" It is firmly established that the medical opinion of a treating physician must be accorded greater weight than those of physicians employed by the government to defend against a disability claim." Hall v. Bowen, 837 F.2d 272, 276 (6th Cir. 1988) (citing Kirk v. Sec'y of Health & Human Servs., 667 F.2d 524, 536 (6th Cir. 1981)). " A consultative examination, performed on a one-time basis is not substantial evidence in comparison to competent evidence from a treating physician." Taylor v. Comm'r of Soc. Sec., 1996 WL 400175, at *9 (6th Cir. July 16, 1996) (citing Hurst v. Schweiker, 725 F.2d 53, 55 (6th Cir. 1984)). Thus, " the Commissioner [is] not bound by the consulting physician's opinion." Taylor, 1996 WL 400175, at *9; see also Smith v. Comm'r of Soc. Sec., 482 F.3d 873, 876 (6th Cir. 2007) (unlike treating sources, an opinion from a one-time examiner does not receive special deference or weight); Coldiron v. Comm'r of Soc. Sec., 391 F.App'x 435, 439 (6th Cir. 2010) (" The Social Security Act instructs that the ALJ--not a physician--ultimately determines a claimant's RFC.").

The undersigned thus concludes that the ALJ properly explained his reasons for discounting Dr. Buchman's opinion, and plaintiff has not shown how the ALJ erred by affording more weight to the opinion of plaintiff's treating orthopedic surgeon over that of a consulting physician, or that the ALJ's decision is otherwise outside the permissible " zone of choice" allowed the ALJ. See, e.g., Williams v. Astrue, 317 F.App'x 212 (3d Cir. 2009) (affirming the ALJ's decision not to credit the examining consultant's findings where they were in conflict with non-examining consultant's findings, objective testing such as X-rays and MRIs, a specialist's report recommending only ibuprofen, and the examining consultant's own report). The ALJ thoroughly discussed his reasons for accepting certain opinions and rejecting others, and the undersigned cannot say that he committed any error in doing so. See Gaskin v. Comm'r of Soc. Sec., 280 F.App'x 472, 476 (6th Cir. 2008) (" Given the number of physicians that examined Gaskin and the variation of their opinions, almost any decision that the ALJ could have rendered would have required him to discredit the opinion of at least one physician.") (citing Mullins v. Sec'y of Health & Human Servs., 836 F.2d 980, 984 (6th Cir. 1987) (stating that an ALJ confronted with opposing medical opinions did not err in rejecting some of the opinions and accepting others where there was ample support in the record for the opinions he accepted)). Because the ALJ reached his decision using correct legal standards and because those findings were supported by substantial evidence, the Court must affirm it, even if reasonable minds could disagree on whether the individual was disabled or substantial evidence could also support a contrary result. Wright v. Massanari, 321 F.3d 611, 614 (6th Cir. 2003); see also Longworth v. Comm'r of Soc. Sec., 402 F.3d 591, 595 (6th Cir. 2005) (" If substantial evidence supports the Commissioner's decision, this Court will defer to that finding even if there is substantial evidence in the record that would have supported an opposite conclusion.").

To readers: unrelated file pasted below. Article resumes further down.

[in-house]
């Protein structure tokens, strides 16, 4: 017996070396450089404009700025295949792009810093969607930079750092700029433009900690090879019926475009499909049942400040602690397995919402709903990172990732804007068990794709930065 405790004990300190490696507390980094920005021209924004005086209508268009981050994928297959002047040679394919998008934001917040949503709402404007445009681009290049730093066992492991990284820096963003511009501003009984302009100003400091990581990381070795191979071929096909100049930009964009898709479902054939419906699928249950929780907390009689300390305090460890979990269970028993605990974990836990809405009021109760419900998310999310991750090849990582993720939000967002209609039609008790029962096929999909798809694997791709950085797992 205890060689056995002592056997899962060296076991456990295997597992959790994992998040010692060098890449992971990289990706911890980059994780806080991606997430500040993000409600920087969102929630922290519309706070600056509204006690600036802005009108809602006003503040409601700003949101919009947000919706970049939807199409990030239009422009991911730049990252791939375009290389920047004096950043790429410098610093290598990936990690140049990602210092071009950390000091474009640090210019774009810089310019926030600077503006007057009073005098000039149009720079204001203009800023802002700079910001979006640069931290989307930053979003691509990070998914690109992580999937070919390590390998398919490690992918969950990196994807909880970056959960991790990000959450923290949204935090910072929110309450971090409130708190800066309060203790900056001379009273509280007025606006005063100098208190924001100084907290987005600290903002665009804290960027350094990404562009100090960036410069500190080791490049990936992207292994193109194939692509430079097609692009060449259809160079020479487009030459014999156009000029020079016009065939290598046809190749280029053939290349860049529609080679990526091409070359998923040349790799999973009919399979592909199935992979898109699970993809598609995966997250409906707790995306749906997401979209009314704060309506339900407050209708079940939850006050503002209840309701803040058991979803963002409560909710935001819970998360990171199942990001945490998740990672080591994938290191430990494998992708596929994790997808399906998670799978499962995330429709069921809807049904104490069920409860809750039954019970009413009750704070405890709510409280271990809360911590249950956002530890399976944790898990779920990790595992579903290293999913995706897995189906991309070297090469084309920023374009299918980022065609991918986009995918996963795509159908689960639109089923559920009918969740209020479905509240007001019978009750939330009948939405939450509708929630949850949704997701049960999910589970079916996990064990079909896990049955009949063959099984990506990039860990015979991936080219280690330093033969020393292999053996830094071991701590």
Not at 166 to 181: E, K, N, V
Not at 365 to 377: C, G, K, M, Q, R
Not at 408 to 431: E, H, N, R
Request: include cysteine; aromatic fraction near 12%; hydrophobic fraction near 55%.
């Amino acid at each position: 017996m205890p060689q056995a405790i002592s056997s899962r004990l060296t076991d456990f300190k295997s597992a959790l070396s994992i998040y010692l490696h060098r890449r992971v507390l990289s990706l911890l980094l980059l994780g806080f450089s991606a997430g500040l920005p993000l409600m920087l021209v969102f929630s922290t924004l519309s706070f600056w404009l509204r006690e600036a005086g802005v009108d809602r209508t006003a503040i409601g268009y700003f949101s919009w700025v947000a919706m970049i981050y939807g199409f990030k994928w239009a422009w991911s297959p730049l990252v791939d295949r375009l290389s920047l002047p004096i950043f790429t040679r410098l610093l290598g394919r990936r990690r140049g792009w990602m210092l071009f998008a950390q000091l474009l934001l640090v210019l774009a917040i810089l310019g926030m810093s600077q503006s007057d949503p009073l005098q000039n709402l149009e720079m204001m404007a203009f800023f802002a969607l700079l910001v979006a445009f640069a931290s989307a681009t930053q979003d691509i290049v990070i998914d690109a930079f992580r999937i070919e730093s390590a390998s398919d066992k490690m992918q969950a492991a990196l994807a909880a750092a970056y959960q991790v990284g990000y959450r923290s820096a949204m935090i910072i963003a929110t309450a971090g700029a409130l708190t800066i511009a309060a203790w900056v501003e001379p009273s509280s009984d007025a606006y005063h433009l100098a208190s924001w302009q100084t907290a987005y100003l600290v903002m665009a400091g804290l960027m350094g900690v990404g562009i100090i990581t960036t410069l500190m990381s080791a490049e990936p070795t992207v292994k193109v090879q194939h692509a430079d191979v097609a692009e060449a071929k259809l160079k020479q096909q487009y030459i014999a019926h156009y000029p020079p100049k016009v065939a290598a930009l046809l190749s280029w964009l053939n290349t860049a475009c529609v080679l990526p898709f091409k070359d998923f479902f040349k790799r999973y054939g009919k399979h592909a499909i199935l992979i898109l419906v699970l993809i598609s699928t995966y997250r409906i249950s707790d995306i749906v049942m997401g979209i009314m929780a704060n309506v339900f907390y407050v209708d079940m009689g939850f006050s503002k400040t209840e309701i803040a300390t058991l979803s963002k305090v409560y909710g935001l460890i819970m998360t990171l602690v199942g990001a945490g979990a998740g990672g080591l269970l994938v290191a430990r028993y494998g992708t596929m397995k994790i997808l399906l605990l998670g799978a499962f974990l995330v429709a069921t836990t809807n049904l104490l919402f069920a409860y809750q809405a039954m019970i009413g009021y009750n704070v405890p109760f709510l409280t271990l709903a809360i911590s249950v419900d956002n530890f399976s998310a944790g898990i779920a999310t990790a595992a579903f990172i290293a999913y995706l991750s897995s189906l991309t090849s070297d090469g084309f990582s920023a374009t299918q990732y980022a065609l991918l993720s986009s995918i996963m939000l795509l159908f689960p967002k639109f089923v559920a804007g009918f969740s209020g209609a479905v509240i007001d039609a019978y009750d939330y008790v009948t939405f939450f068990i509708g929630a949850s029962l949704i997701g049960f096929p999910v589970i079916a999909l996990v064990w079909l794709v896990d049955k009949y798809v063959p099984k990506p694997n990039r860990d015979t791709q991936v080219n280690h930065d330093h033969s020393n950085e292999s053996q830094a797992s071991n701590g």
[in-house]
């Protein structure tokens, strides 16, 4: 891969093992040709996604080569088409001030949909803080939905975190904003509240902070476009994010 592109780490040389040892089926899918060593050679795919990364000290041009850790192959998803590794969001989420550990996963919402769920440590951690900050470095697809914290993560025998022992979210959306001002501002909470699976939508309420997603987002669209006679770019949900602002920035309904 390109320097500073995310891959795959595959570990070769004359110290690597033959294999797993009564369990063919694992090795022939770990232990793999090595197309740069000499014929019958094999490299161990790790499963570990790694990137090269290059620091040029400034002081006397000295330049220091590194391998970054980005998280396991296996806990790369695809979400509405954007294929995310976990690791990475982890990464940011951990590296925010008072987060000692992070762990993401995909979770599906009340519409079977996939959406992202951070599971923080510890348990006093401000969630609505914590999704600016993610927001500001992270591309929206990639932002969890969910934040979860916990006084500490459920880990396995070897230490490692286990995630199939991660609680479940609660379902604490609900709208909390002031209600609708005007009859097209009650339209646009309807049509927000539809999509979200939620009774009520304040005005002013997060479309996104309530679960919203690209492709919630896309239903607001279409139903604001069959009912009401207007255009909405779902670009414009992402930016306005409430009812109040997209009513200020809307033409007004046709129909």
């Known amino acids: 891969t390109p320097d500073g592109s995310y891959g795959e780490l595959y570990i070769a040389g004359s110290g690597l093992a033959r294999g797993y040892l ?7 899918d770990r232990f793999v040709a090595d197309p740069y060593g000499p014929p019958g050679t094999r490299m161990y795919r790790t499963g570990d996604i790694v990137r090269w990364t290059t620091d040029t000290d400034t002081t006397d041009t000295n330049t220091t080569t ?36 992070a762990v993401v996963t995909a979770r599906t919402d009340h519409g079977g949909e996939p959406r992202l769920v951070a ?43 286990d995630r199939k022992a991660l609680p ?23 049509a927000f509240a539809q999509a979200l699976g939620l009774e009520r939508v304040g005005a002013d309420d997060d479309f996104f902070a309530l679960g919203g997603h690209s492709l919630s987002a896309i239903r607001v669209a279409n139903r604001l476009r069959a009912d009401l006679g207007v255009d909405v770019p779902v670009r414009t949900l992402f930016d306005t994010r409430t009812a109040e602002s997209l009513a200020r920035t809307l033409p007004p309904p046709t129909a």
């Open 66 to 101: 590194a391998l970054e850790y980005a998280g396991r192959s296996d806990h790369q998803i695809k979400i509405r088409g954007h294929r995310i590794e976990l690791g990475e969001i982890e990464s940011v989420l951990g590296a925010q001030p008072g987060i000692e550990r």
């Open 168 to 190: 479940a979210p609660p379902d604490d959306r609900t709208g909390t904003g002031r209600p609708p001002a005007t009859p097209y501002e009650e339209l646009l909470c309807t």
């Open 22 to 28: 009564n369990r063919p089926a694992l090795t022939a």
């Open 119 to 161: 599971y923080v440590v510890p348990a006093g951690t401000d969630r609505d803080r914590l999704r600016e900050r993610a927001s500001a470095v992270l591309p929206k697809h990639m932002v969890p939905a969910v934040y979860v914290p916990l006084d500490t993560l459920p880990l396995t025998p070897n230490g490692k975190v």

IV. RECOMMENDATION

For the reasons set forth above, the undersigned RECOMMENDS that plaintiff's motion for summary judgment be DENIED, that the Commissioner's motion for summary judgment be GRANTED, and that the findings of the Commissioner be AFFIRMED.

The parties to this action may object to and seek review of this Report and Recommendation, but are required to file any objections within 14 days of service, as provided for in Federal Rule of Civil Procedure 72(b)(2) and Local Rule 72.1(d). Failure to file specific objections constitutes a waiver of any further right of appeal. Thomas v. Arn, 474 U.S. 140, 106 S.Ct. 466, 88 L.Ed.2d 435 (1985); Howard v. Sec'y of Health and Human Servs., 932 F.2d 505 (6th Cir. 1981). Filing objections that raise some issues but fail to raise others with specificity will not preserve all the objections a party might have to this Report and Recommendation. Willis v. Sullivan, 931 F.2d 390, 401 (6th Cir. 1991); Smith v. Detroit Fed'n of Teachers Local 231, 829 F.2d 1370, 1373 (6th Cir. 1987). Pursuant to Local Rule 72.1(d)(2), any objections must be served on this Magistrate Judge.

Any objections must be labeled as " Objection No. 1, " " Objection No. 2, " etc. Any objection must recite precisely the provision of this Report and Recommendation to which it pertains. Not later than 14 days after service of an objection, the opposing party may file a concise response proportionate to the objections in length and complexity. Fed.R.Civ.P. 72(b)(2), Local Rule 72.1(d). The response must specifically address each issue raised in the objections, in the same order, and labeled as " Response to Objection No. 1, " " Response to Objection No. 2, " etc. If the Court determines that any objections are without merit, it may rule without awaiting the response.